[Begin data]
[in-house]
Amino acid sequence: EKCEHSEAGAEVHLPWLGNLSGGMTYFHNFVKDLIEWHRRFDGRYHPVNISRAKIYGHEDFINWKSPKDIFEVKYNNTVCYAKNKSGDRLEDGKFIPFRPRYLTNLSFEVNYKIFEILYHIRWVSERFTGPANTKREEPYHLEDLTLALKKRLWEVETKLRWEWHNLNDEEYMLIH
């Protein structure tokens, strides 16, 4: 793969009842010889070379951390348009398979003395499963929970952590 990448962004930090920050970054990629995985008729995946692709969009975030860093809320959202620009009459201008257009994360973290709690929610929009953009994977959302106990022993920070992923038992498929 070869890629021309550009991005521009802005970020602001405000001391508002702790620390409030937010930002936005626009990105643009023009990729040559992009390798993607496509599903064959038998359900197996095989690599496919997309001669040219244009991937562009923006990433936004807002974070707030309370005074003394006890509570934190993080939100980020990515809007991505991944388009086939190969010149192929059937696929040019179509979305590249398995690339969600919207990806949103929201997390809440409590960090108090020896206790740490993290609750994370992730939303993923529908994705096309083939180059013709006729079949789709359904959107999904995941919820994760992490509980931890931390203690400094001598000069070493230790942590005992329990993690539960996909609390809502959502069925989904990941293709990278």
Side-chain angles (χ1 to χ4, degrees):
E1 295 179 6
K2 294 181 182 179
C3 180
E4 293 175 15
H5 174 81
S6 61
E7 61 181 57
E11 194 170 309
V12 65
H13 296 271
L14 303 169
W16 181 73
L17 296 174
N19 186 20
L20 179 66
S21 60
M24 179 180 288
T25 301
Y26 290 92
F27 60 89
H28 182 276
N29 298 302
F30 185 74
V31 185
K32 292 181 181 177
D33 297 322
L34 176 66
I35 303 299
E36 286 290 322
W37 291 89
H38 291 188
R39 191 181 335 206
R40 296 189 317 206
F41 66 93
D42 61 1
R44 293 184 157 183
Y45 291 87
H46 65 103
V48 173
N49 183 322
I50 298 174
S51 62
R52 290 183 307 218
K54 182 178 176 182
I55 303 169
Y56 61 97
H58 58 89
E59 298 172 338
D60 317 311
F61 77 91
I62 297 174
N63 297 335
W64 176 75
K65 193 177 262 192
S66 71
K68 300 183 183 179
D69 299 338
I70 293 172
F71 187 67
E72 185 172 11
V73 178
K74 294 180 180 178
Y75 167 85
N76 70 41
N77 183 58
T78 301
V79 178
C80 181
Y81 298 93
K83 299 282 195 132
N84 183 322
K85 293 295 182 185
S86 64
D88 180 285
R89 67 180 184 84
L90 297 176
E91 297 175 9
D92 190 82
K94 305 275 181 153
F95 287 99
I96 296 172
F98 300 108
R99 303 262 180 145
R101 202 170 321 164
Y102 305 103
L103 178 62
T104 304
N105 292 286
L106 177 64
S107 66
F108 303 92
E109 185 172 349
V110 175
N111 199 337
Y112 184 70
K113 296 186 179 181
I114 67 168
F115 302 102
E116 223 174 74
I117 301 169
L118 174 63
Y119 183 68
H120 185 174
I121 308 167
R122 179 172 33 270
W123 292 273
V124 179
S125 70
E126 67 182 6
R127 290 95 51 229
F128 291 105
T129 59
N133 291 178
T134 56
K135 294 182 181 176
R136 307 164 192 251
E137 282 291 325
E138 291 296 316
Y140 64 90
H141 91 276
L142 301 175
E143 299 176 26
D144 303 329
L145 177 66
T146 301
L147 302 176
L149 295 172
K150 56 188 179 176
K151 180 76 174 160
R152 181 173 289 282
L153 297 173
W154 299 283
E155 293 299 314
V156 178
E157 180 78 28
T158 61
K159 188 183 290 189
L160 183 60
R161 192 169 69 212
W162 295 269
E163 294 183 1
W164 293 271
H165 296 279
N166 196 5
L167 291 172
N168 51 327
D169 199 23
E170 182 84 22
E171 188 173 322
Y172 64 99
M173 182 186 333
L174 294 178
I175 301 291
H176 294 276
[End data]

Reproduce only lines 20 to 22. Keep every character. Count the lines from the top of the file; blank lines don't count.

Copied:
S21 60
M24 179 180 288
T25 301